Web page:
Officially Selected Alumni Interviews

Stefan Kjær Olsen: Lift-Off Filmmaker Interview

Danish Filmmaker Stefan Kjær Olsen’s feature narrative “Gælden (The Debt)” follows the journey of Michael, finally leading a stable life with his girlfriend, when his big brother Johnny suddenly re-appears. Johnny’s in big trouble because he owes a lot of money to some criminals. Michael reluctantly agrees to help… but you don’t get that kind of money in a short time without getting your hands dirty.

After a hugely successful screening at Berlin Lift-Off, “The Debt” won the festival’s Best Feature Narrative award, and will therefore be screening at Manchester Lift-Off Film Festival next month. We interviewed director Stefan to hear a little more about how this film came to be, and his path as a filmmaker.

Interview by Sneh Rupra

First of all, how did it feel for The Debt to be screened at the Berlin Lift-Off, and to win Best Feature?

It was just fantastic. It is hard to describe, but you spend so much time making a movie and you really don’t know if it will be any good! So just to be screened is an honor.

Did you enjoy the Lift-Off experience, and meeting some of the other filmmakers also screening? 

I did. As a director it can sometimes get a little lonely because you make one movie and then have to wait quite a long time to get the next one started. Between the movies I am doing a lot of work on my own, so it is nice to get out and talk to others who share the same passion for movies as I do.

How did you come up with the concept for this film?

The idea for The Debt started some years ago when I wrote a short called Bloodbrothers. That short was used as the blueprint for The Debt. The idea for Bloodbrothers came to me when I read about an incident here in Denmark where a man owed money to some drug dealers. They actually fried his ear on the stove because he couldn’t pay what he owed. After that I started thinking about what I would do to help my own family if they got in some kind of trouble.

How did you go about casting the roles, especially the young boy at the beginning of the film?

I knew I wanted Bjarne Henriksen, probably best known outside of Denmark for his role in The Killing, as the bad guy of the movie, Henning. Most of the other roles were cast through casting calls or because I knew the actors and liked their work. The young boy, Oliver, was found through a casting.

The landscapes and sets used in the film create such a strong atmosphere – how did you go about getting that so perfect?

We used quite some time finding the right locations and sets because it was so important for the mood and authenticity of the movie. With the father’s house, I had a very specific look in mind. I wanted a place that had an aura of loneliness, and that time was standing still. I think we were very pretty successful with that. But sometimes it just comes down to luck, and sometimes you just have make do with what you can get. When you are making indie movies you don’t have a lot of money for locations.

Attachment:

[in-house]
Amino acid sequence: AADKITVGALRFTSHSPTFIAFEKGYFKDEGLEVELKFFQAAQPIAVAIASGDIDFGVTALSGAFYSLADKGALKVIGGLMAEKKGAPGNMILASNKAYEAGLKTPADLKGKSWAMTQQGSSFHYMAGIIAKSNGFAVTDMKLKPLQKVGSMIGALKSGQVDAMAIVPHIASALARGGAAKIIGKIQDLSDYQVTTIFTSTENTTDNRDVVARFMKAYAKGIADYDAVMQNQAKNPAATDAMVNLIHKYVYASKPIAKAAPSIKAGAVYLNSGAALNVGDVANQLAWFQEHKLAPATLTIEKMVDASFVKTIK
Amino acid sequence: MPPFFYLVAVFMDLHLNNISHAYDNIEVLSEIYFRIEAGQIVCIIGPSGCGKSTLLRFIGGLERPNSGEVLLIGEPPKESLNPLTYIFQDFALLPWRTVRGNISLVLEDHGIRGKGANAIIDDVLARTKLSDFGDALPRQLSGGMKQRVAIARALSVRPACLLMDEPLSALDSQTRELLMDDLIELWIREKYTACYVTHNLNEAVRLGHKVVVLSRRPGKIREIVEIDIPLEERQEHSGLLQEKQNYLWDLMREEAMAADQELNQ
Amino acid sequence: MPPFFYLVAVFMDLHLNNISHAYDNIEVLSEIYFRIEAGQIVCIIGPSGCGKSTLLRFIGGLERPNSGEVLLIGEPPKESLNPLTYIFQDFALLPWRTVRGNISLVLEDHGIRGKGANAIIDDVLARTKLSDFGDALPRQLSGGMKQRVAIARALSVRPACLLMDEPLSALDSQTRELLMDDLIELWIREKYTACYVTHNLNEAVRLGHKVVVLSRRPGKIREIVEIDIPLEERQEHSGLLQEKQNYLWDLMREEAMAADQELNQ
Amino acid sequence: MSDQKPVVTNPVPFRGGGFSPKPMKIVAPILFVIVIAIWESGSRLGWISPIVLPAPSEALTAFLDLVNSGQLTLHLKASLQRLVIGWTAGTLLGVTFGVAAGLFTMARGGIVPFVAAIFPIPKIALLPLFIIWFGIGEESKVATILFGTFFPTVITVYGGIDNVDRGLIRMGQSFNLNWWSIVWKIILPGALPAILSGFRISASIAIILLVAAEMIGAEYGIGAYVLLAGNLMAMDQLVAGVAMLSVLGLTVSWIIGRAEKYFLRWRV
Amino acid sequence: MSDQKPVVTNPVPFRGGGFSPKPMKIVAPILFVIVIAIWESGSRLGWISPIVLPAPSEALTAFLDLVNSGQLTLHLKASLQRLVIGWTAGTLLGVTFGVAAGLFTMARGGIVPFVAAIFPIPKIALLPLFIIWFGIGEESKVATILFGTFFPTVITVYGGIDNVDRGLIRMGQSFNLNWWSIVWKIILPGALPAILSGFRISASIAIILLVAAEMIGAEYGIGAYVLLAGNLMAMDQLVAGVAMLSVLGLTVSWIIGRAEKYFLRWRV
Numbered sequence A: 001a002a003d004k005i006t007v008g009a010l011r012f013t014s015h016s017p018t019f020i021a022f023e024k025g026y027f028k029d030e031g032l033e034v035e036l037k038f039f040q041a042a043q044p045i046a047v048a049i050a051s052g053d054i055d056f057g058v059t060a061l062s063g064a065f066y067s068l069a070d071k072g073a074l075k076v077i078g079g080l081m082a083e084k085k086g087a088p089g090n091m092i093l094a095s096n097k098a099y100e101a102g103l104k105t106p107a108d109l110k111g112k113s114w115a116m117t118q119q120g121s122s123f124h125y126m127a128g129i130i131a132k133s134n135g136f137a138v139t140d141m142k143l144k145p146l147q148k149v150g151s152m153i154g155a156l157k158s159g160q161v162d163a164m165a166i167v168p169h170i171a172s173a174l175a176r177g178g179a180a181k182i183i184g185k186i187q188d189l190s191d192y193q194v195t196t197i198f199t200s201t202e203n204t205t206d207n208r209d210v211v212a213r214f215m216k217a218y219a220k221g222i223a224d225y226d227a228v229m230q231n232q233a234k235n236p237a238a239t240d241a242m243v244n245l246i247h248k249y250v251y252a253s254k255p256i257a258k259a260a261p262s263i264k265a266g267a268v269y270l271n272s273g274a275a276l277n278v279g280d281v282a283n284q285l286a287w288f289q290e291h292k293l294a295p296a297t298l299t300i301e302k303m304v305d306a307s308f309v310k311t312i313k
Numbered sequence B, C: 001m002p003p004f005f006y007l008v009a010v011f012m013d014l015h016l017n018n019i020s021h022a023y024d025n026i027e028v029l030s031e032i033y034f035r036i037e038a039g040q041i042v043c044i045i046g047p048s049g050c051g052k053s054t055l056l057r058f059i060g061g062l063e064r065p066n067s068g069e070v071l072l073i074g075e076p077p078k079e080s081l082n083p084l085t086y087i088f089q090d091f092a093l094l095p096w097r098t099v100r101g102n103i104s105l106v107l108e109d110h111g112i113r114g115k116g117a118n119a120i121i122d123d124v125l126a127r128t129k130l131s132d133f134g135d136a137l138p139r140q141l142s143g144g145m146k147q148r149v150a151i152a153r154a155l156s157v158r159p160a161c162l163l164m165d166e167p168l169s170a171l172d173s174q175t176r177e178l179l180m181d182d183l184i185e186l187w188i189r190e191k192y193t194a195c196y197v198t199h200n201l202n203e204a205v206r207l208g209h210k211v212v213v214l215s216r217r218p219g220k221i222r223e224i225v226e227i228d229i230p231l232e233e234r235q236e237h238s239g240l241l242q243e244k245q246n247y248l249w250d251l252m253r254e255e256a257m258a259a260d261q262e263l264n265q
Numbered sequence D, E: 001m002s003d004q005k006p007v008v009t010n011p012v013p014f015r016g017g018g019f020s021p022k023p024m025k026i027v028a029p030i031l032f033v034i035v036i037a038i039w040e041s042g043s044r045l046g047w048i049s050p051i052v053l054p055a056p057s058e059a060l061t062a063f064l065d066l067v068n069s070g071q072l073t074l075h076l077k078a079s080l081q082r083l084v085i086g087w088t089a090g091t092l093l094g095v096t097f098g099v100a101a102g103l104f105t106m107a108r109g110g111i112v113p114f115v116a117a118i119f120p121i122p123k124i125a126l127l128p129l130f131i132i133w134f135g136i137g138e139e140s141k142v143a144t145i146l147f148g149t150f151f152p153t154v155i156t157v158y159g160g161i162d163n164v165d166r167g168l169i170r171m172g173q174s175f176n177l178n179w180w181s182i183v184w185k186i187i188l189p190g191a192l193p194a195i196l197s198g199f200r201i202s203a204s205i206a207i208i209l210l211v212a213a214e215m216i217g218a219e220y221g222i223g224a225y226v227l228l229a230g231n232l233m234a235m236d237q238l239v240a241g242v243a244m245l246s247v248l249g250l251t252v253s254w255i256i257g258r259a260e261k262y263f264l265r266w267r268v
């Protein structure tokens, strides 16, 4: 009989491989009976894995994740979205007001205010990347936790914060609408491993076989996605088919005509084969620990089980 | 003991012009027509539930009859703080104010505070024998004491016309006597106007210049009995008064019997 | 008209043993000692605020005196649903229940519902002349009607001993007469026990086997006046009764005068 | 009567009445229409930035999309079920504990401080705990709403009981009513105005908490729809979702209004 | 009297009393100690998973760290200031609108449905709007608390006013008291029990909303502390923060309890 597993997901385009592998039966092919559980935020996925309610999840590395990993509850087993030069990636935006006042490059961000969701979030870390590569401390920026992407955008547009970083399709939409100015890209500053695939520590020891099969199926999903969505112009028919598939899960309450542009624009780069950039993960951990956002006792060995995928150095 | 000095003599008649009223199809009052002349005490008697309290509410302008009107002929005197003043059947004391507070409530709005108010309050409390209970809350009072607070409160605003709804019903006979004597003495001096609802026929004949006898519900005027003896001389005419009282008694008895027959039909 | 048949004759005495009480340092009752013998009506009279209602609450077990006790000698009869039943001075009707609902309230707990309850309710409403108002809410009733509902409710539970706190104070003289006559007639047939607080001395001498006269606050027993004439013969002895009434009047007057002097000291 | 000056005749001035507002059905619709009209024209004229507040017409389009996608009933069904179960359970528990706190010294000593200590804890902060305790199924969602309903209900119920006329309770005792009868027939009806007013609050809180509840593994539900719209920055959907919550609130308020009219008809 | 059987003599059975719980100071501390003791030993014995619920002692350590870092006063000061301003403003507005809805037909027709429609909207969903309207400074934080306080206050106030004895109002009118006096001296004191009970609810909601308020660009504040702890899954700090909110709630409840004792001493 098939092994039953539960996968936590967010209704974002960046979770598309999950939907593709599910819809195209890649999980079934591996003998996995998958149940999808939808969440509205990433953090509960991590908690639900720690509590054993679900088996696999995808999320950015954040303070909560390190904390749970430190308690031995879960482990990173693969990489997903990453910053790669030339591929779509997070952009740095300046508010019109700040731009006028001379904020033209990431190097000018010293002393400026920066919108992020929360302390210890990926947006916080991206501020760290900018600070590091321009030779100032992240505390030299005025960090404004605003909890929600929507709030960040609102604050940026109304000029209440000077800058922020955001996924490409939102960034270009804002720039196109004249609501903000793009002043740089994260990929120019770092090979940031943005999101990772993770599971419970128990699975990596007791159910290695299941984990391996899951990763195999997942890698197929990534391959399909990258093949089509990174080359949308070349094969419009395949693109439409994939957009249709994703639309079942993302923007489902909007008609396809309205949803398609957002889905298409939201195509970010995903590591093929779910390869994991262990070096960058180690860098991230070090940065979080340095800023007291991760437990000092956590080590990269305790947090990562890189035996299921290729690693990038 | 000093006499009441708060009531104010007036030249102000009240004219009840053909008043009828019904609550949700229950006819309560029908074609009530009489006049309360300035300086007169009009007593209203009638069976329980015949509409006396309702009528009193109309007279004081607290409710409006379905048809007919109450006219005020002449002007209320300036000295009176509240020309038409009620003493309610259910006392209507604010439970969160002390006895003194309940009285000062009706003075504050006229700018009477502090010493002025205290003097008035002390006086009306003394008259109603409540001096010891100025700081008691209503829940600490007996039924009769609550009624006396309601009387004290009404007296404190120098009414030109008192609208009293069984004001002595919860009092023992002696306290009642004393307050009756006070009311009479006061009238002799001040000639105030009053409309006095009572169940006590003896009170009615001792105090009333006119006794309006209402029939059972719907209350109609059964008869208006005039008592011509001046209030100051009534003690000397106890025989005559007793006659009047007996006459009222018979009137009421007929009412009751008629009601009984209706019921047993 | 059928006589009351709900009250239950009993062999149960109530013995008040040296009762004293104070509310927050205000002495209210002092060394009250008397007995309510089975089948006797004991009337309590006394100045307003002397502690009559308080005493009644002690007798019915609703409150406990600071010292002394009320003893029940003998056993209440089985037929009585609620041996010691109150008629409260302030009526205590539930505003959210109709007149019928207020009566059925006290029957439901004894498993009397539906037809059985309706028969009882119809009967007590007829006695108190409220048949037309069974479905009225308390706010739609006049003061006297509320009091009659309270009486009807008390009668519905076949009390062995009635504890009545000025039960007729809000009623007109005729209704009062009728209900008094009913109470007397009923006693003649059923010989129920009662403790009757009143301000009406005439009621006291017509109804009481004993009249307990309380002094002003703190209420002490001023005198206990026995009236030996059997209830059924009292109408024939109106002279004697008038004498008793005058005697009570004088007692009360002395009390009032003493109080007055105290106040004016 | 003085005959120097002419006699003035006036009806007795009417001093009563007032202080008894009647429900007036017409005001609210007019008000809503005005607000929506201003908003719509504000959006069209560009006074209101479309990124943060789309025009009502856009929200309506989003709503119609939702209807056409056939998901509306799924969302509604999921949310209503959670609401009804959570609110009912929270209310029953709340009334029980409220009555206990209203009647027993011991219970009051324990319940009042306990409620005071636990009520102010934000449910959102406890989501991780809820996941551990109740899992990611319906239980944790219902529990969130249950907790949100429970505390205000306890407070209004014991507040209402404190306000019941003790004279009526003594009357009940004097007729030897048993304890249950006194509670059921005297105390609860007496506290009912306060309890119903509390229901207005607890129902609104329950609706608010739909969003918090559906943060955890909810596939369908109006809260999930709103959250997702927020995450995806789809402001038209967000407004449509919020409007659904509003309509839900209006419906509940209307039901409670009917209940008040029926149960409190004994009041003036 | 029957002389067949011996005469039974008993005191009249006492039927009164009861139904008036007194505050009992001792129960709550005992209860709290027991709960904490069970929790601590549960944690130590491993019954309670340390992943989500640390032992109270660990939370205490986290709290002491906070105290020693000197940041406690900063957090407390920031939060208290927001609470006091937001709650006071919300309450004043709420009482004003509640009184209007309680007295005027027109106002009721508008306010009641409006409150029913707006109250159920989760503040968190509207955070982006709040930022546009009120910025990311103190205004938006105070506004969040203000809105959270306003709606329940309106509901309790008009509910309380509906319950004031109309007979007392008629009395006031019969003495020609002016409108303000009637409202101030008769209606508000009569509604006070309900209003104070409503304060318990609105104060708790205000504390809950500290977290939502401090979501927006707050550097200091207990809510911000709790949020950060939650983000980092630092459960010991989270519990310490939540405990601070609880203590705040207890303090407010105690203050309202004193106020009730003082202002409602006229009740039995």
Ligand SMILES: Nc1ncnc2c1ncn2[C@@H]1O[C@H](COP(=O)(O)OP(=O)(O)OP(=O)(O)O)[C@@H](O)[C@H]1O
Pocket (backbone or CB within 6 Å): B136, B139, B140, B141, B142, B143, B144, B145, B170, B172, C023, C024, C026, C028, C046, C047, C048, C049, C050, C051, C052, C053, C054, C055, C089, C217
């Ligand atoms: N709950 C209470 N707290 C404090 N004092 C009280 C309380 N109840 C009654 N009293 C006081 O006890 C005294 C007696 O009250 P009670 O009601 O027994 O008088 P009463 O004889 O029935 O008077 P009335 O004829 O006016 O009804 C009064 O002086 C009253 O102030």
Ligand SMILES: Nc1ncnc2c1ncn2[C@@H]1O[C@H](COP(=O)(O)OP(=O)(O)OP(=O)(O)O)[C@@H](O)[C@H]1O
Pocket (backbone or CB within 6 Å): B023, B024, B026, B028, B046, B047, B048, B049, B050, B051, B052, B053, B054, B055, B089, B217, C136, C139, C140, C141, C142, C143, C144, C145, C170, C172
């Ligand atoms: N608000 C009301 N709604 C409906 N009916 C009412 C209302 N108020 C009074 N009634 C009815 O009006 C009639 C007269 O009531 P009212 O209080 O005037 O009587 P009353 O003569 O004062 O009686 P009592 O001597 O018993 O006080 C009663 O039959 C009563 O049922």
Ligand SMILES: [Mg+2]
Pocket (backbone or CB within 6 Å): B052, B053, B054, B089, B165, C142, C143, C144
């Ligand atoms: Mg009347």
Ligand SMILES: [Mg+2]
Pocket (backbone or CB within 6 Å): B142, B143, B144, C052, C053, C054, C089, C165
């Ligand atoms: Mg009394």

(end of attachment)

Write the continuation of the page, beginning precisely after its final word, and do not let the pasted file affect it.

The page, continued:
Were there any unexpected challenges you faced during production?

Without sounding arrogant, I actually think I expected most of the challenges. That does NOT mean it made it easier, but when you expect something you are going to be extra prepared for it. One of the biggest challenges was lack of sleep. Thank god for coffee!

How did you go about choreographing the fight sequences?

Using A LOT of takes. We didn’t have a stunt coordinator, so we just tried our luck and it worked out okay. Next time I would really like to have the opportunity to use a stuntman to make those kind of scenes more realistic and exciting.

The relationship between the brothers is so complex and powerful — was that something you were keen to explore?

That was without a doubt the most important part of the movie. Some people categorize The Debt as a gangster movie, and even though I love that genre, it irks me a little. I don’t see it as a gangster movie, but a drama about two brothers and the lengths you would go for your family, and how your past affects your present.

How has the experience of making this film changed your perception of family?

I don’t think it has changed my perception as such, but it has made my love for my family even stronger. I have a 6 year old daughter and I don’t think there is anything I wouldn’t do for her.

Are there any new projects on the horizon that you can tell us about?

There are. I have two projects I’m currently working on now. A short that will hopefully be shot this year, and a feature about a serial killer and a retired policeman. I’m hoping to start pre-production on the feature next year. I am really excited about both projects and hope to make more movies that challenge the way we think about each other and life in general.  

The Debt” will next be screening at Manchester Lift-Off in March. Full programme coming soon!